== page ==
“Turning maize into beer during the Medio period, however, could suggest an influx of new ideas — or perhaps even people — during that time, which might indicate outside influence — either foreigners coming to Casas Grandes, or locals traveling and coming back with new ideas.”

 

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Among the 370 projectile points found at the site are examples of A) Midland, B) Milesand, C) Plainview, D) Lerma, E) Abasolo, F) Ventana, G) San Pedro, and H) Dátil. (Photo courtesy Gallaga et al.)

Among the 370 projectile points found at the site are examples of A) Midland, B) Milesand, C) Plainview, D) Lerma, E) Abasolo, F) Ventana, G) San Pedro, and H) Dátil. (Photo courtesy Gallaga et al.)

 

he cranium of a 12 to 15 year old girl was found just below the surface of the site. Radiocarbon analysis of three teeth dated the burial to 1360 BCE . (Photo courtesy Gallaga et al. May not be reproduced.)

he cranium of a 12 to 15 year old girl was found just below the surface of the site. Radiocarbon analysis of three teeth dated the burial to 1360 BCE . (Photo courtesy Gallaga et al. May not be reproduced.)

 

Original article:

Western digs

BY BLAKE DE PASTINO ON FEBRUARY 26, 2016

 

Archaeologists working in the borderlands of northern Mexico have uncovered a camp used by ancient hunters as much as 10,500 years ago, revealing insights into some of the earliest human history in the Greater Southwest.

On a ranch near the Santa Maria River in northern Chihuahua, researchers have unearthed more than 18,000 artifacts, including thousands of stone flakes, cores, and hammers, along with 370 projectile points, and a dozen stone ovens.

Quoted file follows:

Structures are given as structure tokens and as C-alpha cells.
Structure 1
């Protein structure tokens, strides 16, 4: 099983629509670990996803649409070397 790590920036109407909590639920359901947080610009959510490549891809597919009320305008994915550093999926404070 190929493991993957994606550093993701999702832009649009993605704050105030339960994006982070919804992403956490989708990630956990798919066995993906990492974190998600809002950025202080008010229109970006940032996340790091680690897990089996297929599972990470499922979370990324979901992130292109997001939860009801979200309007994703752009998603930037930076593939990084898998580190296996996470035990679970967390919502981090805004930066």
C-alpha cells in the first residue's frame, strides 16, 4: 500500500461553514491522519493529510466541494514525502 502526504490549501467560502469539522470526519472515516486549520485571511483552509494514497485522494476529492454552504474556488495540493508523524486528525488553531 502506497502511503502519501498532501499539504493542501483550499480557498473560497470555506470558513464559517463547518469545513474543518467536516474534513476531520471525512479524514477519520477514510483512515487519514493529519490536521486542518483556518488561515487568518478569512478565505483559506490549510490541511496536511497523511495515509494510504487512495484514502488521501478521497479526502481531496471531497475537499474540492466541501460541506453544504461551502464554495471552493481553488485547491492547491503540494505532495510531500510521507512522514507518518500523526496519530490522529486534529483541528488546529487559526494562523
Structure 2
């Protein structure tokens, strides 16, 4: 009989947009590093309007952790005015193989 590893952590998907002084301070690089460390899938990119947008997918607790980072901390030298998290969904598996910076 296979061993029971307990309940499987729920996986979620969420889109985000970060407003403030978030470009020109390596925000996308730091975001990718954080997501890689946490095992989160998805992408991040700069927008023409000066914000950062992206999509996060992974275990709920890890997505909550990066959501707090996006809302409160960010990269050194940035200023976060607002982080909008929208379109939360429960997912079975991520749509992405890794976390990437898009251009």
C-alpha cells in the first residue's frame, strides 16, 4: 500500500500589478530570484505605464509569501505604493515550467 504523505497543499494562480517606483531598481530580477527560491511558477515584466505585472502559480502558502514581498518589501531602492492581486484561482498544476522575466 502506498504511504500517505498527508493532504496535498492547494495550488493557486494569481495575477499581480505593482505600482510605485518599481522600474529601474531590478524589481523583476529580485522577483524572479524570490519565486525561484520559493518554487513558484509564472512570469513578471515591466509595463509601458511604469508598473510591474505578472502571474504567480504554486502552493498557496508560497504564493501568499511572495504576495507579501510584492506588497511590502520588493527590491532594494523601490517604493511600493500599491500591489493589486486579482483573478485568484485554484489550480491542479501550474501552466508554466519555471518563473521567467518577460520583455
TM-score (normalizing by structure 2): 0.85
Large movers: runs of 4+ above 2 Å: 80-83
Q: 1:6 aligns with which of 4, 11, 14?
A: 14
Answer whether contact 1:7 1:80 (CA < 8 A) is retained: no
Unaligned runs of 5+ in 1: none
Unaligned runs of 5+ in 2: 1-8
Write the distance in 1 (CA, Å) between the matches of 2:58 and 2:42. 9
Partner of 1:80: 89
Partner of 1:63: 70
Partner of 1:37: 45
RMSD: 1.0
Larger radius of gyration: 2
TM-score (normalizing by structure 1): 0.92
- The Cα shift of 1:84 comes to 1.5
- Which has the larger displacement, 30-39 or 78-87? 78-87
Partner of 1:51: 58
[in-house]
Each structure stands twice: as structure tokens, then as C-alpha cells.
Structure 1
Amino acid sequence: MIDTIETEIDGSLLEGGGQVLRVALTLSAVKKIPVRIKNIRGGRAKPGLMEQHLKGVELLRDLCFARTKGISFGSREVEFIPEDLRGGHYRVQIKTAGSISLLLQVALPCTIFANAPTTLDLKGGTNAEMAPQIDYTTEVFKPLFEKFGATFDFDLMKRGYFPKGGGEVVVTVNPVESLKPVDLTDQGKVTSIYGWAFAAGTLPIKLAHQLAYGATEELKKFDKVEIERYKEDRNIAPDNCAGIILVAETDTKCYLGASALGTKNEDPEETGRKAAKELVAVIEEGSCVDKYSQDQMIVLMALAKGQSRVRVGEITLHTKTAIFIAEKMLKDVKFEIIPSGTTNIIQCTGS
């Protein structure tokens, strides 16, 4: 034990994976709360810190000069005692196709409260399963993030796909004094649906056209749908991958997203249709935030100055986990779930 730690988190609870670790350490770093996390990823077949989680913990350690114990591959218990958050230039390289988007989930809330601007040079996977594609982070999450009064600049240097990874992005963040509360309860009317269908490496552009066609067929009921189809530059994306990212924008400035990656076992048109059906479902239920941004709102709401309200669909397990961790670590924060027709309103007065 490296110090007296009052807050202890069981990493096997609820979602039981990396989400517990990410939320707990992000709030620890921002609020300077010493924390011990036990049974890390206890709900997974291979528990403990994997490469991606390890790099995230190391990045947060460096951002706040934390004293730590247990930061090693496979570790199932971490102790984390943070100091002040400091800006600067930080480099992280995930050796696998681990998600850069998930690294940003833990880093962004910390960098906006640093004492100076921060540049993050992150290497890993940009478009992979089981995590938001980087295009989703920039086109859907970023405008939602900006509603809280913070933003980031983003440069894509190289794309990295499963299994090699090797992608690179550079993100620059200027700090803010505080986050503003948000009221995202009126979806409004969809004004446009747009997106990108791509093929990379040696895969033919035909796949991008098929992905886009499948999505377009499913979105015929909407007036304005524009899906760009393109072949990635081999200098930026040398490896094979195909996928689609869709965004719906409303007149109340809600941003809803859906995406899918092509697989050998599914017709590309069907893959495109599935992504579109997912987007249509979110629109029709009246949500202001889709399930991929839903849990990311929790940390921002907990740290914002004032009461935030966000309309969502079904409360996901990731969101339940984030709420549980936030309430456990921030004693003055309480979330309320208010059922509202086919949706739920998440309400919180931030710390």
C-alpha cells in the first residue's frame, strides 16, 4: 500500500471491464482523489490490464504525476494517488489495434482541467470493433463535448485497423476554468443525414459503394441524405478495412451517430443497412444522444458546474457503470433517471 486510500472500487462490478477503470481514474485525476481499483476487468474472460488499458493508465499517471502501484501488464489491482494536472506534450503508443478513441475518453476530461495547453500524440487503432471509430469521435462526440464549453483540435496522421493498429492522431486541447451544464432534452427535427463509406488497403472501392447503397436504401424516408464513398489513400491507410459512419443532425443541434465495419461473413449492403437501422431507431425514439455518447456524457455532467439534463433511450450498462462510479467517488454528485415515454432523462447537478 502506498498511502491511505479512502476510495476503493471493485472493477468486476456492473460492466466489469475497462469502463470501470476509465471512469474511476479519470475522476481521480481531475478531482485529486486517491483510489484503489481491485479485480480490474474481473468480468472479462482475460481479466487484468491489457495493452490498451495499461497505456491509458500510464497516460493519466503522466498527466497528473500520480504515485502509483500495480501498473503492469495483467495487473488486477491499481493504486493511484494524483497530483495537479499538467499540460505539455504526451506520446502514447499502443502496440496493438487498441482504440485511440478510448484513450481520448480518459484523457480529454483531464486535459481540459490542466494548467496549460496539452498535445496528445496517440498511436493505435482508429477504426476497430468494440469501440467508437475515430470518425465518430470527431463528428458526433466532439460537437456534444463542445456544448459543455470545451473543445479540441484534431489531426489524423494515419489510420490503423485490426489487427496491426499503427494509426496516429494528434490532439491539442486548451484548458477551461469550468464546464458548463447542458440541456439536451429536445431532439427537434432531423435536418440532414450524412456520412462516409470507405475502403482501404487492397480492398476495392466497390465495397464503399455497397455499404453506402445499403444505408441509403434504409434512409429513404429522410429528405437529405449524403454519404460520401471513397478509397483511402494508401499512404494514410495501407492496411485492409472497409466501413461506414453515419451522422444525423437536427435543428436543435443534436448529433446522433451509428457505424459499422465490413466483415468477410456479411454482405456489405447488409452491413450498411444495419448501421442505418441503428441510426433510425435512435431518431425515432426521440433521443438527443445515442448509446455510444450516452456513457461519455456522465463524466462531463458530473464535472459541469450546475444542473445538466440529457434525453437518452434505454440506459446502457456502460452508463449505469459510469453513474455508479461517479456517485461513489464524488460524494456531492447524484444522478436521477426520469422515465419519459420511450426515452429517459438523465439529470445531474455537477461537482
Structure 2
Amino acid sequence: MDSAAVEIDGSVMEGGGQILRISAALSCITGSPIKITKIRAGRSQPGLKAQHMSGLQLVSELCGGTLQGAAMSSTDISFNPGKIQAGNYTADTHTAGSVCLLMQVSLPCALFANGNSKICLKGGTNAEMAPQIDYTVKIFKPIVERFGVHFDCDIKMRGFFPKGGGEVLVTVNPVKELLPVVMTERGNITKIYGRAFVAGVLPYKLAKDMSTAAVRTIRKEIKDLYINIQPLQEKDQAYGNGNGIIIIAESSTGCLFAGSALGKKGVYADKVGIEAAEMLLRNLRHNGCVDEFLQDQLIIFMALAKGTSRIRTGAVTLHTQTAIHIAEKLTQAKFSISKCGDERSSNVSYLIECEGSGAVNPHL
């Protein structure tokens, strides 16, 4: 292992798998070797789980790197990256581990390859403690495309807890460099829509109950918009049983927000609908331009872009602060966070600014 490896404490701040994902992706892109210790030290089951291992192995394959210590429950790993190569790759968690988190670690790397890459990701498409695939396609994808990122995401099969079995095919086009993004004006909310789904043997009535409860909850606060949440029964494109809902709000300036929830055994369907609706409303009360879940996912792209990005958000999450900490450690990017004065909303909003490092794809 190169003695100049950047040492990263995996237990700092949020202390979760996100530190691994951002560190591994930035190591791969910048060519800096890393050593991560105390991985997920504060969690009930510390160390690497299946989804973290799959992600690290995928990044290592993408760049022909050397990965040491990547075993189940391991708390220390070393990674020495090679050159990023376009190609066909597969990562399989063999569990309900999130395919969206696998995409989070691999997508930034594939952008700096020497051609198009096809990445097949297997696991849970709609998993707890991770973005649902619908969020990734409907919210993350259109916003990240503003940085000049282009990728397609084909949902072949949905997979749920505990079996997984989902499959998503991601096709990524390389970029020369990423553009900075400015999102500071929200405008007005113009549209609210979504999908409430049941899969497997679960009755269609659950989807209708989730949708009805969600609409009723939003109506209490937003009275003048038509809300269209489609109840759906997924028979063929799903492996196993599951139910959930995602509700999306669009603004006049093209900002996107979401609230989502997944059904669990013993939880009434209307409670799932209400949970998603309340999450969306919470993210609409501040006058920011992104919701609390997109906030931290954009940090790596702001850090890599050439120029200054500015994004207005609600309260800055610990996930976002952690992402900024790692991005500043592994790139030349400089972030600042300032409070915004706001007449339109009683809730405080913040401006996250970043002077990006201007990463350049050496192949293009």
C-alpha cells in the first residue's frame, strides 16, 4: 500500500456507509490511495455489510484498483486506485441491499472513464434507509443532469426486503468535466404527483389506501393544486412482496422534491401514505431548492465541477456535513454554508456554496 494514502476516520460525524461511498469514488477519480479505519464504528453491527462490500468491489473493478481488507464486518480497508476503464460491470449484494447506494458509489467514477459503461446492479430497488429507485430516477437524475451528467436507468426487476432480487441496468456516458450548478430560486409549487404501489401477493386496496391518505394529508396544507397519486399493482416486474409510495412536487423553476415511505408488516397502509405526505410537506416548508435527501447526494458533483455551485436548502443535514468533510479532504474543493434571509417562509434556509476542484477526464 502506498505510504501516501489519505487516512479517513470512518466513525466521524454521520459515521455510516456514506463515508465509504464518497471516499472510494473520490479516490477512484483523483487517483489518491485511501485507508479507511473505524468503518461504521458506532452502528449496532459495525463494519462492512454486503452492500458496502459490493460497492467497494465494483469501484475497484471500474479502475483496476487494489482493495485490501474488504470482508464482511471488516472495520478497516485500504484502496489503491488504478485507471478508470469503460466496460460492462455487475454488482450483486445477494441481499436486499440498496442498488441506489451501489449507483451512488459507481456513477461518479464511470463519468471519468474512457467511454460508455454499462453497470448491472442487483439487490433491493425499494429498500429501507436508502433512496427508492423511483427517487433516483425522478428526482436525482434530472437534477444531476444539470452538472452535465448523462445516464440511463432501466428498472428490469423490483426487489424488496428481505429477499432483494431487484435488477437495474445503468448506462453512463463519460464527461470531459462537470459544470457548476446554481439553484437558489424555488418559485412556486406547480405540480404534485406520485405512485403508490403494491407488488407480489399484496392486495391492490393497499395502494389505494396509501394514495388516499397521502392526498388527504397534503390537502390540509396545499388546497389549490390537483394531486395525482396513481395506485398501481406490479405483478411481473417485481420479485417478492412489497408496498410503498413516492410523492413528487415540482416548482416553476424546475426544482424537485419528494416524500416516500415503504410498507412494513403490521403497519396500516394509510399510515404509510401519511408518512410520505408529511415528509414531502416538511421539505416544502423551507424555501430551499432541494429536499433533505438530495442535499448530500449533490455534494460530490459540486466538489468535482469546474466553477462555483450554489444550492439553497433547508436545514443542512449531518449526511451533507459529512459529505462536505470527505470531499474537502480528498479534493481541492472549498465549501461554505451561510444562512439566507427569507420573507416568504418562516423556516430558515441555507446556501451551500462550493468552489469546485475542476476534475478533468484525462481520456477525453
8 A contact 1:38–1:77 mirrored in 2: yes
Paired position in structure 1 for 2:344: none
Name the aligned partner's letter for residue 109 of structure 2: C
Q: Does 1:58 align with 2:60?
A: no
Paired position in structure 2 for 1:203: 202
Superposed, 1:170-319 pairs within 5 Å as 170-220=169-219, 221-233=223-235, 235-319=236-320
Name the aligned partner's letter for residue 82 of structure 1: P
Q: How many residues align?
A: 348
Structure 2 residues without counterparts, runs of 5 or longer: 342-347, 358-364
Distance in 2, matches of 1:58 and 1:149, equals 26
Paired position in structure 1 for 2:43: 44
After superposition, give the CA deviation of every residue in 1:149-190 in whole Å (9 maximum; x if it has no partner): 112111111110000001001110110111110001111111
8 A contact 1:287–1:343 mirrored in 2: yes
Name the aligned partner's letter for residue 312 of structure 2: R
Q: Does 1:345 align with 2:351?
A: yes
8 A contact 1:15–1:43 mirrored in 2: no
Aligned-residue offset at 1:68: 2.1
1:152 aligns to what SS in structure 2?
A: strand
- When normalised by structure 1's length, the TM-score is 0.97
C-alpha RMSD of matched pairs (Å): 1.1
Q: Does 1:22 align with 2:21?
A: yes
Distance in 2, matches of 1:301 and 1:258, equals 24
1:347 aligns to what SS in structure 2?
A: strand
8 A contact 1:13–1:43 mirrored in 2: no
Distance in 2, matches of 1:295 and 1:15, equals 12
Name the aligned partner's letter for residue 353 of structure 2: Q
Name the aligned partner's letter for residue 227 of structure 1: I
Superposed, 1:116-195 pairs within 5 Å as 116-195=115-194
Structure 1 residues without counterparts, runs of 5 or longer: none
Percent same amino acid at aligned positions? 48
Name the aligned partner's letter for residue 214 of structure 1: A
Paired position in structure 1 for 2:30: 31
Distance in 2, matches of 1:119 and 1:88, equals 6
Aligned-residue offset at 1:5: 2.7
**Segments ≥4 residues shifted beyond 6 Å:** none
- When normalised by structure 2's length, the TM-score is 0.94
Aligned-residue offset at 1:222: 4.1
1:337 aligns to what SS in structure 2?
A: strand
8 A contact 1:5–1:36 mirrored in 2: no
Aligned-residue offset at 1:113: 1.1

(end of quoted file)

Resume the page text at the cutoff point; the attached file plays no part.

But the most surprising find has been the grave of a teenage girl, who was interred among the rocks, alone and unadorned, some 3,200 years ago.

Her remains, researchers say, may help unlock the history of the people who brought agriculture to this arid region, and who were the first known farmers of corn in the Chihuahuan Desert.

“The importance of this find is in knowing more of the early steps of humans on this land, to remind us that whatever the geographical characteristic of this region, humans were able to make a living here, to make this region their home,” said Dr. Emiliano Gallaga, who led the research.

Gallaga and his colleagues discovered the site while investigating a patch of desert about 70 kilometers [45 miles] south of the New Mexico border that was being developed for a solar energy plant.

“At this point the [energy] company had two options: leave the areas of the site untouched, or pay for a salvage project,” said Gallaga, a research fellow with Mexico’s National Institute of Anthropology and History (INAH), which conducted the research.